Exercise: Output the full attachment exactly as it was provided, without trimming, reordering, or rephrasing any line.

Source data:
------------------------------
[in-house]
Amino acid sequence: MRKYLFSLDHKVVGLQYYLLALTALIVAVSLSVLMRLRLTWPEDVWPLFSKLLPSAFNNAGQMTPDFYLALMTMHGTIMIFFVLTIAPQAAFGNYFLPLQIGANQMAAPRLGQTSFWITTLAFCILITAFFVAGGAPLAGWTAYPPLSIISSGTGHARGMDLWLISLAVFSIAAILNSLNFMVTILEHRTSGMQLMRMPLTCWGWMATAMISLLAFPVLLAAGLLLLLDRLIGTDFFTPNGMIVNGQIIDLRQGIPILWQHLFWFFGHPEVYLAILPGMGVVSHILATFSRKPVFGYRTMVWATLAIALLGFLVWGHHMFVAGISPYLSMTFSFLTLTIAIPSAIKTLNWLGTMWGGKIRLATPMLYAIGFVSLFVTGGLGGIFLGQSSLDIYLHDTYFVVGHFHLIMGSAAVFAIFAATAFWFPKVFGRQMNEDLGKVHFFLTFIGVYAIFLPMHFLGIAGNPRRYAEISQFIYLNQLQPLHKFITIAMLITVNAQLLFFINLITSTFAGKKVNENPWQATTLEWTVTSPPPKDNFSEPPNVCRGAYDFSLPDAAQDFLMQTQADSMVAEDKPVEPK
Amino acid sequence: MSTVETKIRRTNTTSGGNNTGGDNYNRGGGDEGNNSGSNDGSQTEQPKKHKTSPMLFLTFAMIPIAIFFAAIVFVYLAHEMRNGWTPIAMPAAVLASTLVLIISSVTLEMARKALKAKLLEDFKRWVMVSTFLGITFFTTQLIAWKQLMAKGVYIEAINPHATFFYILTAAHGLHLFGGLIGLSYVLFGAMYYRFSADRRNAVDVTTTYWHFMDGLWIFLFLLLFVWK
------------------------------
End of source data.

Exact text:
[in-house]
Amino acid sequence: MRKYLFSLDHKVVGLQYYLLALTALIVAVSLSVLMRLRLTWPEDVWPLFSKLLPSAFNNAGQMTPDFYLALMTMHGTIMIFFVLTIAPQAAFGNYFLPLQIGANQMAAPRLGQTSFWITTLAFCILITAFFVAGGAPLAGWTAYPPLSIISSGTGHARGMDLWLISLAVFSIAAILNSLNFMVTILEHRTSGMQLMRMPLTCWGWMATAMISLLAFPVLLAAGLLLLLDRLIGTDFFTPNGMIVNGQIIDLRQGIPILWQHLFWFFGHPEVYLAILPGMGVVSHILATFSRKPVFGYRTMVWATLAIALLGFLVWGHHMFVAGISPYLSMTFSFLTLTIAIPSAIKTLNWLGTMWGGKIRLATPMLYAIGFVSLFVTGGLGGIFLGQSSLDIYLHDTYFVVGHFHLIMGSAAVFAIFAATAFWFPKVFGRQMNEDLGKVHFFLTFIGVYAIFLPMHFLGIAGNPRRYAEISQFIYLNQLQPLHKFITIAMLITVNAQLLFFINLITSTFAGKKVNENPWQATTLEWTVTSPPPKDNFSEPPNVCRGAYDFSLPDAAQDFLMQTQADSMVAEDKPVEPK
Amino acid sequence: MSTVETKIRRTNTTSGGNNTGGDNYNRGGGDEGNNSGSNDGSQTEQPKKHKTSPMLFLTFAMIPIAIFFAAIVFVYLAHEMRNGWTPIAMPAAVLASTLVLIISSVTLEMARKALKAKLLEDFKRWVMVSTFLGITFFTTQLIAWKQLMAKGVYIEAINPHATFFYILTAAHGLHLFGGLIGLSYVLFGAMYYRFSADRRNAVDVTTTYWHFMDGLWIFLFLLLFVWK